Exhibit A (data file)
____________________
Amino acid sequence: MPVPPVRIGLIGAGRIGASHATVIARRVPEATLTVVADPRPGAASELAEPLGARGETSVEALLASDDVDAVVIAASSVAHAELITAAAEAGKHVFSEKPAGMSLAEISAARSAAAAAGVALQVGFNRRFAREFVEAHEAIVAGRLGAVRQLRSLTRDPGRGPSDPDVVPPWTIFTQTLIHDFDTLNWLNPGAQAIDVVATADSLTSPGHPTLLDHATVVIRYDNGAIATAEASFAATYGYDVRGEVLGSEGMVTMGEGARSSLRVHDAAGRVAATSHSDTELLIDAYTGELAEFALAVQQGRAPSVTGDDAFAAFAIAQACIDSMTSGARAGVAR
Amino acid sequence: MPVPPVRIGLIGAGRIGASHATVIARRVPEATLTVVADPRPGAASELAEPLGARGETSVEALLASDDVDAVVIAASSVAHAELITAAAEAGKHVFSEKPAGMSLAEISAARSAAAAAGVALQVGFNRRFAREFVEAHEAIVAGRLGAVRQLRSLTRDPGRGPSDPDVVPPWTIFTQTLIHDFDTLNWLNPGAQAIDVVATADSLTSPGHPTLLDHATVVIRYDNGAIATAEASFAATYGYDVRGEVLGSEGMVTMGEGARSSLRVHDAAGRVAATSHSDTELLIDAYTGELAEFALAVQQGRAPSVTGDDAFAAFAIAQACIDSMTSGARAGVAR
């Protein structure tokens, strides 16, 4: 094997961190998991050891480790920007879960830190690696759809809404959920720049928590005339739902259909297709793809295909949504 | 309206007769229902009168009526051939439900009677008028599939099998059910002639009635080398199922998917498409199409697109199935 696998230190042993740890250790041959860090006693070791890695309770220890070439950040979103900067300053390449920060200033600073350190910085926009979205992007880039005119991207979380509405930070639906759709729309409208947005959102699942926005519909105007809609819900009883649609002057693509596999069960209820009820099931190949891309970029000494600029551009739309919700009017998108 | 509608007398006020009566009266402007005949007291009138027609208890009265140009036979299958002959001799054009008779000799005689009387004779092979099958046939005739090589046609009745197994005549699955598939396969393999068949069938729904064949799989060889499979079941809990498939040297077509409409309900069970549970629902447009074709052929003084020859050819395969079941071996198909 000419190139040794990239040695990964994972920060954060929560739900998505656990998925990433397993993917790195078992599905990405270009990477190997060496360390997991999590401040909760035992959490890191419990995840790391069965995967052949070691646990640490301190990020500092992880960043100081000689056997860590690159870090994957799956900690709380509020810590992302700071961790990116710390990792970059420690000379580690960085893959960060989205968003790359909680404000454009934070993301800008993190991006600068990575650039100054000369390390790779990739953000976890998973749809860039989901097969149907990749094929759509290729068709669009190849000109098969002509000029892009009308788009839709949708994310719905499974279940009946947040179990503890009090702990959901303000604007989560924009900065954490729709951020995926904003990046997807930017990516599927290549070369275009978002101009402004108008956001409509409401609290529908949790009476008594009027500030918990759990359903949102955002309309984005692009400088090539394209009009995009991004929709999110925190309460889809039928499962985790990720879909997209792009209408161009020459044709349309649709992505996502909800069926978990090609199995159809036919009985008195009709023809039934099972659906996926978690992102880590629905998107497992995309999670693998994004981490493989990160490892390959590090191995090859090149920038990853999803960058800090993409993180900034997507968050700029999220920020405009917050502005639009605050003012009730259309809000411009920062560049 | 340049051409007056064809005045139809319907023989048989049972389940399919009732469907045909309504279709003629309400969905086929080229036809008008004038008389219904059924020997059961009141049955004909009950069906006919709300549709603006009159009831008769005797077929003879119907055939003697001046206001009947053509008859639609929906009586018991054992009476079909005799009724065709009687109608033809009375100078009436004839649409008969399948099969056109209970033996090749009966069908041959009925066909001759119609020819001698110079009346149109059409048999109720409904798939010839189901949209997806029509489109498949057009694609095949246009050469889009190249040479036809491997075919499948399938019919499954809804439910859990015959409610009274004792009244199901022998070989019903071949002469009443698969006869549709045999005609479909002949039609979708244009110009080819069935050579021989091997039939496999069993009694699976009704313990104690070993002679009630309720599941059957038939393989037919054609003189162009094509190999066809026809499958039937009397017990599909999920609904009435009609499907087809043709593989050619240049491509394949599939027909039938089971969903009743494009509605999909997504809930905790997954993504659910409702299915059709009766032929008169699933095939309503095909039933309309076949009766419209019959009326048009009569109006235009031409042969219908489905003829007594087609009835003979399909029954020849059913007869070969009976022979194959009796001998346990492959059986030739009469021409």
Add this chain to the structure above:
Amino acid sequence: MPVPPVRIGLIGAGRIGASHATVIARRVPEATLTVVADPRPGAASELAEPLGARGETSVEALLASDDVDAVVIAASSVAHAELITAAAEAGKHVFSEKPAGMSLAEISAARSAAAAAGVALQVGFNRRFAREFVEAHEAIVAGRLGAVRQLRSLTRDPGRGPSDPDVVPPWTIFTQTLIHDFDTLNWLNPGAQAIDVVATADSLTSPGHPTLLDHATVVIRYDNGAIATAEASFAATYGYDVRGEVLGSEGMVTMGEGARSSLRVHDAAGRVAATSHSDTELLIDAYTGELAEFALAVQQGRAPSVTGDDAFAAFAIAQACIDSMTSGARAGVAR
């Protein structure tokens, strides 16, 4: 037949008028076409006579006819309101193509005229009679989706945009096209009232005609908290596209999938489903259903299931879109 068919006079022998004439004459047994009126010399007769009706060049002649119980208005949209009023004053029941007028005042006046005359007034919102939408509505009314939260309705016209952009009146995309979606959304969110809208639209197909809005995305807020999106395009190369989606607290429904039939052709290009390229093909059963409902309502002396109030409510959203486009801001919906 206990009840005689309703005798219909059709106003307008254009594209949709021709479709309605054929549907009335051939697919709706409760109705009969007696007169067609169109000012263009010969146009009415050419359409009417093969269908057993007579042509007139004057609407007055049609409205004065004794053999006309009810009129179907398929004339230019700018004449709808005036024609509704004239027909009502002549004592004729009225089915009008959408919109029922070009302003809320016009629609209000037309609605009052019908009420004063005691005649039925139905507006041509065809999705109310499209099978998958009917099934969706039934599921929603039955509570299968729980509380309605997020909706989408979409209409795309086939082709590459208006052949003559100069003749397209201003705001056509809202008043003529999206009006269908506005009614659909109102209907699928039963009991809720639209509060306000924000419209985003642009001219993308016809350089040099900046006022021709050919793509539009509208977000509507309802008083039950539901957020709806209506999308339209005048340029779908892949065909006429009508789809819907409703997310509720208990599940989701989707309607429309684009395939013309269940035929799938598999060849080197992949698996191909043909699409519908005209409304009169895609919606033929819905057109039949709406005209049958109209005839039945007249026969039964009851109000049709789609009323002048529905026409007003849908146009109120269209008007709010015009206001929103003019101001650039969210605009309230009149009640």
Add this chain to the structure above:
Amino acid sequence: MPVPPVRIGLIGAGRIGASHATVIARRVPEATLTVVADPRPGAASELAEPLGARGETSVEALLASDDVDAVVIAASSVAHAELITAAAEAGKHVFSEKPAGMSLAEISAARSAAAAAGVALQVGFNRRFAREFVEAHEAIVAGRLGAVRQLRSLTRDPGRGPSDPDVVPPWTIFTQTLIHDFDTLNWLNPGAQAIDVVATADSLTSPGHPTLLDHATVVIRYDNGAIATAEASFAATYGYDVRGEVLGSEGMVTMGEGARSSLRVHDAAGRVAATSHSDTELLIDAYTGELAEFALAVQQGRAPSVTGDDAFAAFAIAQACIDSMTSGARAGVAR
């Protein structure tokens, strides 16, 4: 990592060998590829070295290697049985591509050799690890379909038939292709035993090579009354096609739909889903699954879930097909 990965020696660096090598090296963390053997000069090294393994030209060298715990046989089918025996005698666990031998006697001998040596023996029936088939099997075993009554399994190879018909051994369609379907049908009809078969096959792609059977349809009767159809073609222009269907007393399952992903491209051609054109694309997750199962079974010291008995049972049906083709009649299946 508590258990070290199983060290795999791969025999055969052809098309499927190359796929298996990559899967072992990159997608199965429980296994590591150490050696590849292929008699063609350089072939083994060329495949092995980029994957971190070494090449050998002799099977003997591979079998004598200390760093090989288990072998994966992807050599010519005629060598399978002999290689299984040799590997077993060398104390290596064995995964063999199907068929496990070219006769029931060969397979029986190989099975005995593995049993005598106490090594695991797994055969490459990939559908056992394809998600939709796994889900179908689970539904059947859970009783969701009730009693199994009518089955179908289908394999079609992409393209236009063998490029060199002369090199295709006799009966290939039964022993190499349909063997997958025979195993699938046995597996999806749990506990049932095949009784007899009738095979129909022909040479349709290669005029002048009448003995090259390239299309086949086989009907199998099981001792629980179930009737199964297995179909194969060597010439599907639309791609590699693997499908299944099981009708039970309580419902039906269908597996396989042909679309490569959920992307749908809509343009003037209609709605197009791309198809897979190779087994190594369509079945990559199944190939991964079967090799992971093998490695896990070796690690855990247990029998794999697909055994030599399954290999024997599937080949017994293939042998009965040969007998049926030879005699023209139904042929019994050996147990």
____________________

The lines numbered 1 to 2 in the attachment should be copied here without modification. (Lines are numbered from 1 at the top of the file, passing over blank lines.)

Amino acid sequence: MPVPPVRIGLIGAGRIGASHATVIARRVPEATLTVVADPRPGAASELAEPLGARGETSVEALLASDDVDAVVIAASSVAHAELITAAAEAGKHVFSEKPAGMSLAEISAARSAAAAAGVALQVGFNRRFAREFVEAHEAIVAGRLGAVRQLRSLTRDPGRGPSDPDVVPPWTIFTQTLIHDFDTLNWLNPGAQAIDVVATADSLTSPGHPTLLDHATVVIRYDNGAIATAEASFAATYGYDVRGEVLGSEGMVTMGEGARSSLRVHDAAGRVAATSHSDTELLIDAYTGELAEFALAVQQGRAPSVTGDDAFAAFAIAQACIDSMTSGARAGVAR
Amino acid sequence: MPVPPVRIGLIGAGRIGASHATVIARRVPEATLTVVADPRPGAASELAEPLGARGETSVEALLASDDVDAVVIAASSVAHAELITAAAEAGKHVFSEKPAGMSLAEISAARSAAAAAGVALQVGFNRRFAREFVEAHEAIVAGRLGAVRQLRSLTRDPGRGPSDPDVVPPWTIFTQTLIHDFDTLNWLNPGAQAIDVVATADSLTSPGHPTLLDHATVVIRYDNGAIATAEASFAATYGYDVRGEVLGSEGMVTMGEGARSSLRVHDAAGRVAATSHSDTELLIDAYTGELAEFALAVQQGRAPSVTGDDAFAAFAIAQACIDSMTSGARAGVAR